Peter had quickly forgotten that the good news of Jesus wasn’t just for him and others who were like him. He heard Jesus say it over and over and would get it and remember it for about three seconds before he’d forget. But God reminded him over and over. The Holy Spirit interrupted him, interrupted his perhaps sanitized and clinical retelling of the good news of Jesus and messily poured out grace, love and mercy to all gathered there, jogging Peter’s memory that God’s presence doesn’t stay in human order. These alleged outsiders (no one is an outsider to God, that’s a term solely based on human faulty memory of connection) received God’s promises BEFORE they were baptized! God’s promise of flourishing and abundant life for all people always is a something that God never forgets.
Jesus tries to give the disciples images, metaphors, prayers, anything he can to help them remember that they are attached, connected to God, the life source that never forgets. Jesus calls them friends, which means being attached to someone. People will remember that we are attached to Jesus when we remember this too. We can jog each other’s memory by lying down our life, which here in the Greek, doesn’t necessarily mean our physical life, it can, but just like there are different words for “love” in Greek, so there are different words for “life.” The life Jesus wants us to remember here, is our soul, our ego, our being. We lay down our need to be right, our forgetfulness that we’re connected. Our forgetfulness that when we look at any other human being, we are looking at Christ, himself. Our forgetfulness that when we look in the mirror, we are looking at Christ.

We’re going to take a few minutes in small groups to ponder this with the following questions. If you don’t get to them all, it’s ok:

  1. How can we as Church (God’s witness on earth), use our voice, actions and finances to promote and ensure human rights and flourishing?
  2. How do you define solidarity? Give an example of solidarity from your own experience or what you’ve witnessed.
  3. How might we be proactive to ensure that human rights abuses don’t manifest to begin with?

We are indeed a forgetful people. But God always remembers this. God sent Jesus to jog our memories back to the garden when we dwelled with God. Jesus wants us to remember that we live together, we are interconnected whether we like it or not and whether we remember it or not. We must be each other’s memory of every person created in God’s very image. We must use every gift, skill, effort, time that we have to jog the memory of Church and community leaders, neighbors, that we are not strangers, we are all friends, attached to each other, attached to the planet and creation. We can’t forget that we are attached. It’s why gathering as God’s people each week matters, not for us, but for God to remind us through water, wine and bread, that as we go back to our daily lives, we’re attached, for the sake of reminding the world of who and what matters: The good news of Jesus that interrupts our amnesia, that pours this love out on people whom we’d never suspect, who don’t share our backgrounds, status or beliefs, and we are invited by the love, grace, and mercy of Jesus Christ, to stay with these new friends, be connected, not through what we do or say, but through who God is, our memory of love and life for all. Our memory that can spur us to ensure that all people remember and live in unity, dignity, and worth. Amen.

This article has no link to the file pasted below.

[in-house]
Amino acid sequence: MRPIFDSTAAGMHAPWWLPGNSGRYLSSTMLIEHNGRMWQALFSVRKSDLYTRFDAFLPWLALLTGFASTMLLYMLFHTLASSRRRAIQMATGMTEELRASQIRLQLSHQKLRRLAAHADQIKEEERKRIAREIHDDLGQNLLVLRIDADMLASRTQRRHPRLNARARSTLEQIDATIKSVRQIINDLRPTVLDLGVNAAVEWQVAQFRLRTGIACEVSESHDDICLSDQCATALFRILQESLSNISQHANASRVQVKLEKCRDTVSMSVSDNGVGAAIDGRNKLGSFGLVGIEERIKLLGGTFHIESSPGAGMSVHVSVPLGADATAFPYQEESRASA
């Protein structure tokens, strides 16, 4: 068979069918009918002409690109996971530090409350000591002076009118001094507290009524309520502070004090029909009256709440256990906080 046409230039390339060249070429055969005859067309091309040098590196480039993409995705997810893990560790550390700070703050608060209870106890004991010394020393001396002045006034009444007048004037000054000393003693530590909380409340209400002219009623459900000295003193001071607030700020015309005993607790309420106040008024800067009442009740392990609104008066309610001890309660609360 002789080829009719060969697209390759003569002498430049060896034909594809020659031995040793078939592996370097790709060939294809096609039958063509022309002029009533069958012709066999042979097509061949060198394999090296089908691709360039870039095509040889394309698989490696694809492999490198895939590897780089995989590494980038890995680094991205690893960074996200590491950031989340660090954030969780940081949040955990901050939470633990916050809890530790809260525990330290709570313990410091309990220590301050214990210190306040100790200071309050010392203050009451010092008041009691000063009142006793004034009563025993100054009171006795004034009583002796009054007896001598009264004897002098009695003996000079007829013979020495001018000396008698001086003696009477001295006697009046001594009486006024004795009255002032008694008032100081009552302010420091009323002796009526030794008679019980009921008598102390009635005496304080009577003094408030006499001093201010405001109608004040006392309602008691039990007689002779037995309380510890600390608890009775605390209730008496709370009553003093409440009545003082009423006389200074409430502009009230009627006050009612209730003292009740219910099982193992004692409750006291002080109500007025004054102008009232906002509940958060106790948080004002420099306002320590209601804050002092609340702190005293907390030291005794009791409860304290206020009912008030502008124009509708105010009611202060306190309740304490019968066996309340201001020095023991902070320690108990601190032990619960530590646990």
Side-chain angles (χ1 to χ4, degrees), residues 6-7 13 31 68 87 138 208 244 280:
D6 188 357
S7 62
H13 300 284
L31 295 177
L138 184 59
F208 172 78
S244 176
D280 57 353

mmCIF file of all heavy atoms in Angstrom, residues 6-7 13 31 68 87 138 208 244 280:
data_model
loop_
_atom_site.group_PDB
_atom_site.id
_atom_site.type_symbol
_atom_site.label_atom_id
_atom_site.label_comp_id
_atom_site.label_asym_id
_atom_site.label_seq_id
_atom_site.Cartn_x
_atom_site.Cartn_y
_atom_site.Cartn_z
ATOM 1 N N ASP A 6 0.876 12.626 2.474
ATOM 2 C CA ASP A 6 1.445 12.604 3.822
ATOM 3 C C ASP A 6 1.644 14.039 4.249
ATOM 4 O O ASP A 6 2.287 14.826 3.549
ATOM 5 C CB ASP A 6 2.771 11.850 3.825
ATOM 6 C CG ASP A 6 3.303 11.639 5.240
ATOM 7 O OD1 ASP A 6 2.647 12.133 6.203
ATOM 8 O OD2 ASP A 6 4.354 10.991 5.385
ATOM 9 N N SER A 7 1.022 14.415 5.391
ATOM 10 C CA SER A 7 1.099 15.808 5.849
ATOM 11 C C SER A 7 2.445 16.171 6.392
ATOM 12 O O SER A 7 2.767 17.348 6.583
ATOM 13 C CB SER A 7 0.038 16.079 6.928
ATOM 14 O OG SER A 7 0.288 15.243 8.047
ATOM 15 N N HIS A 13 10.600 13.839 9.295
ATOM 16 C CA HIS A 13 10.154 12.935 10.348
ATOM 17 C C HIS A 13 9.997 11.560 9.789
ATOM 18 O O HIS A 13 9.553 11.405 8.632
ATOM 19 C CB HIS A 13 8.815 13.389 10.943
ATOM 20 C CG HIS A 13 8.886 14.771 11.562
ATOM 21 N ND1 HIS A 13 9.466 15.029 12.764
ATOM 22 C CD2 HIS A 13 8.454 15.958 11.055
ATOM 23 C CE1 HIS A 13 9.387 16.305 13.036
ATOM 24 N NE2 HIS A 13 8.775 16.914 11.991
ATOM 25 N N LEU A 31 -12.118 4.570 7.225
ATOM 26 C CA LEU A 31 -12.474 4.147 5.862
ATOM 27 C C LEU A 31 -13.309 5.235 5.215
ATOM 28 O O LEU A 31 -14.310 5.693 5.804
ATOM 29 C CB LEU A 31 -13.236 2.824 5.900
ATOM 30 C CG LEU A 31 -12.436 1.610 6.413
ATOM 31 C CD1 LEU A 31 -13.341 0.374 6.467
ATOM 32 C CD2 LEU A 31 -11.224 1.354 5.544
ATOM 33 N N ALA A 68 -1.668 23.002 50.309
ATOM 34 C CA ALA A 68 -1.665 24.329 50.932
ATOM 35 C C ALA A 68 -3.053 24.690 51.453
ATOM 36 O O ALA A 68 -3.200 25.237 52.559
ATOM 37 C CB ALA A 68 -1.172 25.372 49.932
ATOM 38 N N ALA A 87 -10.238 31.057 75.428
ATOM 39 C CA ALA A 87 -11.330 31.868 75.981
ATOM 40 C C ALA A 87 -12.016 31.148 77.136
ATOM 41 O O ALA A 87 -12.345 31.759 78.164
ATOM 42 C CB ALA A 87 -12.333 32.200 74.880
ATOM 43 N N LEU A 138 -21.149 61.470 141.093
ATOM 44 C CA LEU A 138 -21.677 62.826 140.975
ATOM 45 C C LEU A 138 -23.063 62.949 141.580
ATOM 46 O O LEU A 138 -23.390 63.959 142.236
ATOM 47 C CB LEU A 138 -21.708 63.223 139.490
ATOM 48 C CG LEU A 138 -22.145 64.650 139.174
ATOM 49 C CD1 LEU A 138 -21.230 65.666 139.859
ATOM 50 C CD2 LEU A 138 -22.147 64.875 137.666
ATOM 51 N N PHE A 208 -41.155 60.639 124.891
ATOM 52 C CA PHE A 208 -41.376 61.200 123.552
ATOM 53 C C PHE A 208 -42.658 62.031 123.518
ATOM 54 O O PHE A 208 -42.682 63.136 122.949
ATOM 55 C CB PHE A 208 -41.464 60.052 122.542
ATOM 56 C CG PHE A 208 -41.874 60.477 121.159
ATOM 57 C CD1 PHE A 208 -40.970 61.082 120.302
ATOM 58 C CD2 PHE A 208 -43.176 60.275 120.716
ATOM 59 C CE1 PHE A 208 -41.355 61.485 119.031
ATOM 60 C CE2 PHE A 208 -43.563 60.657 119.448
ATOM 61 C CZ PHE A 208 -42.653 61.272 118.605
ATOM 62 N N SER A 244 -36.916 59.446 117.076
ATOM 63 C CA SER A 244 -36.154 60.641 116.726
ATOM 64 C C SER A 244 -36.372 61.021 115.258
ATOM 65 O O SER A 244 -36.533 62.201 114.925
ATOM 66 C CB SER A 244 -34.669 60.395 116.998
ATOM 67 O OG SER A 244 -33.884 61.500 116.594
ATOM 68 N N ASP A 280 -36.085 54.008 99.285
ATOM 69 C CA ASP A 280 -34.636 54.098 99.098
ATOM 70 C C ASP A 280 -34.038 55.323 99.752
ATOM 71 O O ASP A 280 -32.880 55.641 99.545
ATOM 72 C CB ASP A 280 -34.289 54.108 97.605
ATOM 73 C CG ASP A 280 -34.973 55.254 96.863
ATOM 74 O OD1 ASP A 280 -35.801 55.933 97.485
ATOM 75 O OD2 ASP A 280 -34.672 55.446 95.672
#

Rooted Sermon on Acts 8 and John 15 May 2, 2021

This sermon was proclaimed for the community of Our Saviour’s Lutheran Church in Holladay, UT on May 2, 2021. It can be viewed on our YouTube Channel: Our Saviour’s Lutheran Church SLC.

The texts were:

Acts 8: 26-40
John 15: 1-8
ELCA Social Statements: Human Sexuality: Gift and Trust
Faith, Sexism and Justice

Young Friends message:

You might remember or know that I grew up in the military, in the Air Force to be exact. My family moved quite often, we would uproot and go to a new place. I went to five elementary schools, one middle school and two high schools. So I was the new girl all the time. And to be honest, I was a bit odd, maybe because of moving so often, but really, probably because I was me. I was a kid who loved to sing and did so everywhere I went. I loved playing my violin, was horrible at sports, loved reading books, and was the opposite of cool in so many ways. I was also a bit odd as I loved church, I mean, I LOVED Church! Everywhere we moved, it turned out that God was the same and there! I was that teenager that sang the liturgy, attended every church function even when my parents didn’t, and started teaching Sunday school at 15. I mean I loved Church. I felt rooted there, I felt like it was the only place where I was loved for being odd, and for being well, me. When I was in confirmation, we picked our own confirmation verses. I was in the youth choir, of course, and we had a piece we were singing called “Vine and Branches” based off of our Gospel story for today. I fell in love with those words, “I am the vine and you are the branches, you who abide in me and I in them.” I picked that verse because I am connected to that vine whether I live in CA, ND, Guam, NE or here in Utah. A few weeks after I was confirmed at First Lutheran in Minot, we uprooted again and moved to NE. But I knew that I stayed connected to Jesus no matter what. And so are you! I want you to know that no matter what, what you grow up to do, who you grow up and choose to live with and be a family with, how you dress, cut your hair, no matter what, you can’t be uprooted from Jesus. God says so. Here’s a piece of twine to remind you that you are connected and rooted in Jesus’ love.